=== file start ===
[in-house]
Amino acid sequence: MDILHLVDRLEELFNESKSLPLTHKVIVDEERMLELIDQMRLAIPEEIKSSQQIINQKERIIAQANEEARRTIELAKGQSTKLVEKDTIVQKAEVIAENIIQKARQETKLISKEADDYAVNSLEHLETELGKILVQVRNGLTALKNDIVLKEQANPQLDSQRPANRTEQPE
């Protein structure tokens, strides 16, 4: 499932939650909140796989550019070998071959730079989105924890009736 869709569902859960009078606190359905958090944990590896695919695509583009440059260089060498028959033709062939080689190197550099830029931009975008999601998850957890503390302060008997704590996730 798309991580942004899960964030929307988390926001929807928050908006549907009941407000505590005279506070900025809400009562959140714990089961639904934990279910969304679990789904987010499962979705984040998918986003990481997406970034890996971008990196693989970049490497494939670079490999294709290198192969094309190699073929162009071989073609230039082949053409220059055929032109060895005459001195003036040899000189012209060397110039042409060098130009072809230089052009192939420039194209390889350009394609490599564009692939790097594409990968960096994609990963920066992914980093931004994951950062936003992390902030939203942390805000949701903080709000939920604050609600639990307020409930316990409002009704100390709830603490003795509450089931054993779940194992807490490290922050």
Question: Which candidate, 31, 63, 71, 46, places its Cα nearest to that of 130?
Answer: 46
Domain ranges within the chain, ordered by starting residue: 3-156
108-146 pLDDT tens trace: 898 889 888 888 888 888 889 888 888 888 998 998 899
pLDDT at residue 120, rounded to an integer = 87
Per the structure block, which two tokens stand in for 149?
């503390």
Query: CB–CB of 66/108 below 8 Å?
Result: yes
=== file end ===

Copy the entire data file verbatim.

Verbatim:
[in-house]
Amino acid sequence: MDILHLVDRLEELFNESKSLPLTHKVIVDEERMLELIDQMRLAIPEEIKSSQQIINQKERIIAQANEEARRTIELAKGQSTKLVEKDTIVQKAEVIAENIIQKARQETKLISKEADDYAVNSLEHLETELGKILVQVRNGLTALKNDIVLKEQANPQLDSQRPANRTEQPE
């Protein structure tokens, strides 16, 4: 499932939650909140796989550019070998071959730079989105924890009736 869709569902859960009078606190359905958090944990590896695919695509583009440059260089060498028959033709062939080689190197550099830029931009975008999601998850957890503390302060008997704590996730 798309991580942004899960964030929307988390926001929807928050908006549907009941407000505590005279506070900025809400009562959140714990089961639904934990279910969304679990789904987010499962979705984040998918986003990481997406970034890996971008990196693989970049490497494939670079490999294709290198192969094309190699073929162009071989073609230039082949053409220059055929032109060895005459001195003036040899000189012209060397110039042409060098130009072809230089052009192939420039194209390889350009394609490599564009692939790097594409990968960096994609990963920066992914980093931004994951950062936003992390902030939203942390805000949701903080709000939920604050609600639990307020409930316990409002009704100390709830603490003795509450089931054993779940194992807490490290922050």
Question: Which candidate, 31, 63, 71, 46, places its Cα nearest to that of 130?
Answer: 46
Domain ranges within the chain, ordered by starting residue: 3-156
108-146 pLDDT tens trace: 898 889 888 888 888 888 889 888 888 888 998 998 899
pLDDT at residue 120, rounded to an integer = 87
Per the structure block, which two tokens stand in for 149?
């503390």
Query: CB–CB of 66/108 below 8 Å?
Result: yes